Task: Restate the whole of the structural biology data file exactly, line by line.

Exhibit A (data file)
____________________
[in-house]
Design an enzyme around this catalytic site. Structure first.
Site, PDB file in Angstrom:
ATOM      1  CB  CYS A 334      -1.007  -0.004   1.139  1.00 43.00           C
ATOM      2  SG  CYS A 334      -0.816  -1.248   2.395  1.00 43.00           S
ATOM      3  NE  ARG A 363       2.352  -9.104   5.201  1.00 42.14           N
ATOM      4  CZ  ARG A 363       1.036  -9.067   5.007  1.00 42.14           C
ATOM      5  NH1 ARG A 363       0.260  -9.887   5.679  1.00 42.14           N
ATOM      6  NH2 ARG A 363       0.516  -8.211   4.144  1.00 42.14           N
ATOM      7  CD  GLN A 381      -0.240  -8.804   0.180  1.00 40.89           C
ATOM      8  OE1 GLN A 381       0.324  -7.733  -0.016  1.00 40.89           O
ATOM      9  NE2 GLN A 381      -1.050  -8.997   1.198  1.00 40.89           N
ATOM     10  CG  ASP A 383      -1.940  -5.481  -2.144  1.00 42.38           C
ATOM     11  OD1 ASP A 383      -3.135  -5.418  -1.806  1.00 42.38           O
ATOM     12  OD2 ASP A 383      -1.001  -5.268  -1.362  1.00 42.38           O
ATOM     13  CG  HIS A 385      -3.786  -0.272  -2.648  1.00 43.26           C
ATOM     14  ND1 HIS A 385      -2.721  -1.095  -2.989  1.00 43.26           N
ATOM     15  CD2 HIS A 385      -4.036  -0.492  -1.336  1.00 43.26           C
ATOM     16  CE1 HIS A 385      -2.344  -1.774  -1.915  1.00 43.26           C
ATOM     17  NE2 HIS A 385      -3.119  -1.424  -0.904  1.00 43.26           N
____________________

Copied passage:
[in-house]
Design an enzyme around this catalytic site. Structure first.
Site, PDB file in Angstrom:
ATOM      1  CB  CYS A 334      -1.007  -0.004   1.139  1.00 43.00           C
ATOM      2  SG  CYS A 334      -0.816  -1.248   2.395  1.00 43.00           S
ATOM      3  NE  ARG A 363       2.352  -9.104   5.201  1.00 42.14           N
ATOM      4  CZ  ARG A 363       1.036  -9.067   5.007  1.00 42.14           C
ATOM      5  NH1 ARG A 363       0.260  -9.887   5.679  1.00 42.14           N
ATOM      6  NH2 ARG A 363       0.516  -8.211   4.144  1.00 42.14           N
ATOM      7  CD  GLN A 381      -0.240  -8.804   0.180  1.00 40.89           C
ATOM      8  OE1 GLN A 381       0.324  -7.733  -0.016  1.00 40.89           O
ATOM      9  NE2 GLN A 381      -1.050  -8.997   1.198  1.00 40.89           N
ATOM     10  CG  ASP A 383      -1.940  -5.481  -2.144  1.00 42.38           C
ATOM     11  OD1 ASP A 383      -3.135  -5.418  -1.806  1.00 42.38           O
ATOM     12  OD2 ASP A 383      -1.001  -5.268  -1.362  1.00 42.38           O
ATOM     13  CG  HIS A 385      -3.786  -0.272  -2.648  1.00 43.26           C
ATOM     14  ND1 HIS A 385      -2.721  -1.095  -2.989  1.00 43.26           N
ATOM     15  CD2 HIS A 385      -4.036  -0.492  -1.336  1.00 43.26           C
ATOM     16  CE1 HIS A 385      -2.344  -1.774  -1.915  1.00 43.26           C
ATOM     17  NE2 HIS A 385      -3.119  -1.424  -0.904  1.00 43.26           N